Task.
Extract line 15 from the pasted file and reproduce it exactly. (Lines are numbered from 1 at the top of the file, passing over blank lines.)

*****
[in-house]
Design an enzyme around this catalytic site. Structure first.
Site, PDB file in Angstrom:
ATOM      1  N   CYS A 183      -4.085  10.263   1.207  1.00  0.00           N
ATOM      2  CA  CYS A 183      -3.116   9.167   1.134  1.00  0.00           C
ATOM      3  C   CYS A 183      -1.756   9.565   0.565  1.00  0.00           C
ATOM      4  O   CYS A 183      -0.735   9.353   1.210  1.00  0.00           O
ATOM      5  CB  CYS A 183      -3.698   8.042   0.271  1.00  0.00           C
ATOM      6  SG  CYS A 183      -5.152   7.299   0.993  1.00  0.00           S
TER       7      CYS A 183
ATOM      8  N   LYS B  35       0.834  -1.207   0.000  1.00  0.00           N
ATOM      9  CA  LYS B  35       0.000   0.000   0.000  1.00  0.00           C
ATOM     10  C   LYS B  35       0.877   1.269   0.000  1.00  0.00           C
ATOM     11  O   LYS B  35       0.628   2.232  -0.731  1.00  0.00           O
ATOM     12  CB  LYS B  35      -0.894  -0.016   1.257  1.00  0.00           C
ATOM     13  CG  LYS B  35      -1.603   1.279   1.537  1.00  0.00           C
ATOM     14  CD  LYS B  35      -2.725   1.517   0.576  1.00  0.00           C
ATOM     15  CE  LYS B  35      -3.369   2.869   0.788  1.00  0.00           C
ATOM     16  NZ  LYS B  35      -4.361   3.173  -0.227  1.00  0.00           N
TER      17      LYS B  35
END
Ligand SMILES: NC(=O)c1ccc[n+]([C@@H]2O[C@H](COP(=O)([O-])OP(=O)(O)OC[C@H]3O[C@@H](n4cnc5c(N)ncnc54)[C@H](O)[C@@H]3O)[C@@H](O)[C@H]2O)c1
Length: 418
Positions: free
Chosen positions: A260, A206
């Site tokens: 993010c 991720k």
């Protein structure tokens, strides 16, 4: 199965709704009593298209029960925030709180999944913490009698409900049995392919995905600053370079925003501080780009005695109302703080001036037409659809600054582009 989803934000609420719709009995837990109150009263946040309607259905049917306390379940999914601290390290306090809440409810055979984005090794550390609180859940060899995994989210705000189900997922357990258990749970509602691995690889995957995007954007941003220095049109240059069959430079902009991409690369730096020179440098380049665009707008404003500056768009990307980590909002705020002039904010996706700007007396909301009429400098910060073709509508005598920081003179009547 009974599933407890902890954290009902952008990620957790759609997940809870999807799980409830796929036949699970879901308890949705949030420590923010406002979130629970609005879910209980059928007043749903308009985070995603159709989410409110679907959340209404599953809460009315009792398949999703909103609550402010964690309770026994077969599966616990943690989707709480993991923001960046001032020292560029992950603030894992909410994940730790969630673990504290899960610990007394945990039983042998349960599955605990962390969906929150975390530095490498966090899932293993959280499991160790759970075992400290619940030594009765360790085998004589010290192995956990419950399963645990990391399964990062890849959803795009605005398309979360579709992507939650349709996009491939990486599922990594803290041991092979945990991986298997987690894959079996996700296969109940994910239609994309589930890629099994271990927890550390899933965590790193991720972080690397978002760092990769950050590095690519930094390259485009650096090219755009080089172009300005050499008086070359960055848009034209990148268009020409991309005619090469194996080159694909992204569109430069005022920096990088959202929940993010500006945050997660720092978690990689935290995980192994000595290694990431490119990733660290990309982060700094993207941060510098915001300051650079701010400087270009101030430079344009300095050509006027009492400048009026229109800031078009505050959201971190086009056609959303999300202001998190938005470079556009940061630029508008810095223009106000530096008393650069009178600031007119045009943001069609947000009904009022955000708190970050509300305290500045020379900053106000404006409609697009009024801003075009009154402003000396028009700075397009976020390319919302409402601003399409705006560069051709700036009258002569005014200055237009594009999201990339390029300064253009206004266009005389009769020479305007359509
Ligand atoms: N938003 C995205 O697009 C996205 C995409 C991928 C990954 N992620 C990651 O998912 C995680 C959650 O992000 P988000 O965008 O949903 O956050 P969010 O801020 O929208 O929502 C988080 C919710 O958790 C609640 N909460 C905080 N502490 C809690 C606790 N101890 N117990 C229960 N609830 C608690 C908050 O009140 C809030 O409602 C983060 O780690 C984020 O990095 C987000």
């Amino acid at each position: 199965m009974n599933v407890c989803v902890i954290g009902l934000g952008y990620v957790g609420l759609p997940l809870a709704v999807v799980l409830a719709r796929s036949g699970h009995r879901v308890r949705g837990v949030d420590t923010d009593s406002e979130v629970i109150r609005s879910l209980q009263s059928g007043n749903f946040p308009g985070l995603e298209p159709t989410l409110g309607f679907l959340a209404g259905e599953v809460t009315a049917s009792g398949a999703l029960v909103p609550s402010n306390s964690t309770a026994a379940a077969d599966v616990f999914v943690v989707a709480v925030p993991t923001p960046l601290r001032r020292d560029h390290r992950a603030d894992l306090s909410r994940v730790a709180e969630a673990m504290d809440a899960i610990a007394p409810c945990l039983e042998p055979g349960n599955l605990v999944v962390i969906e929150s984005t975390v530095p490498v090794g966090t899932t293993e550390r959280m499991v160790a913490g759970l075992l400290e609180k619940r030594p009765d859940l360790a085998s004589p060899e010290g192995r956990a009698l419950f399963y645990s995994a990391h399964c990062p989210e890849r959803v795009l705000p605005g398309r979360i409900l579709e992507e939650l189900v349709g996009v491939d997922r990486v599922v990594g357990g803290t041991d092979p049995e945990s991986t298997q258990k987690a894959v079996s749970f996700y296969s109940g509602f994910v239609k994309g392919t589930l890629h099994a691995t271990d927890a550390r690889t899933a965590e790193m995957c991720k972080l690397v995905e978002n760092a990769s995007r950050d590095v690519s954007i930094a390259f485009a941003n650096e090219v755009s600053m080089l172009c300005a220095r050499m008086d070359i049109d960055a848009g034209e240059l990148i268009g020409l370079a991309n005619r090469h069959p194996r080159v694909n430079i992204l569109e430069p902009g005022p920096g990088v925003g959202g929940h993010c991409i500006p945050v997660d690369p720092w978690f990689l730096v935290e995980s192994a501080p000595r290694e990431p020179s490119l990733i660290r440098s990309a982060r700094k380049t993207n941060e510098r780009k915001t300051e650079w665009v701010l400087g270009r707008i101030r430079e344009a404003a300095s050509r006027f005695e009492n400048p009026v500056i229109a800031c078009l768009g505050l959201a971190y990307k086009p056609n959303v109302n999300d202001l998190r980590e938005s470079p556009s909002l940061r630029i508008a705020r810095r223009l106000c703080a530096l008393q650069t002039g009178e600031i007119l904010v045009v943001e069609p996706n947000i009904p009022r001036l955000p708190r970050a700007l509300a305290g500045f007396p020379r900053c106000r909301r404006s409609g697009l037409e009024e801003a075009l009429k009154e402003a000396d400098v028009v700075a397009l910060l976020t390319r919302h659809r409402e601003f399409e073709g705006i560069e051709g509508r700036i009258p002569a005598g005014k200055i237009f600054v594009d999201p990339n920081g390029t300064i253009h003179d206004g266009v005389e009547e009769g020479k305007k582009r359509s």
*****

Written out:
ATOM     12  CB  LYS B  35      -0.894  -0.016   1.257  1.00  0.00           C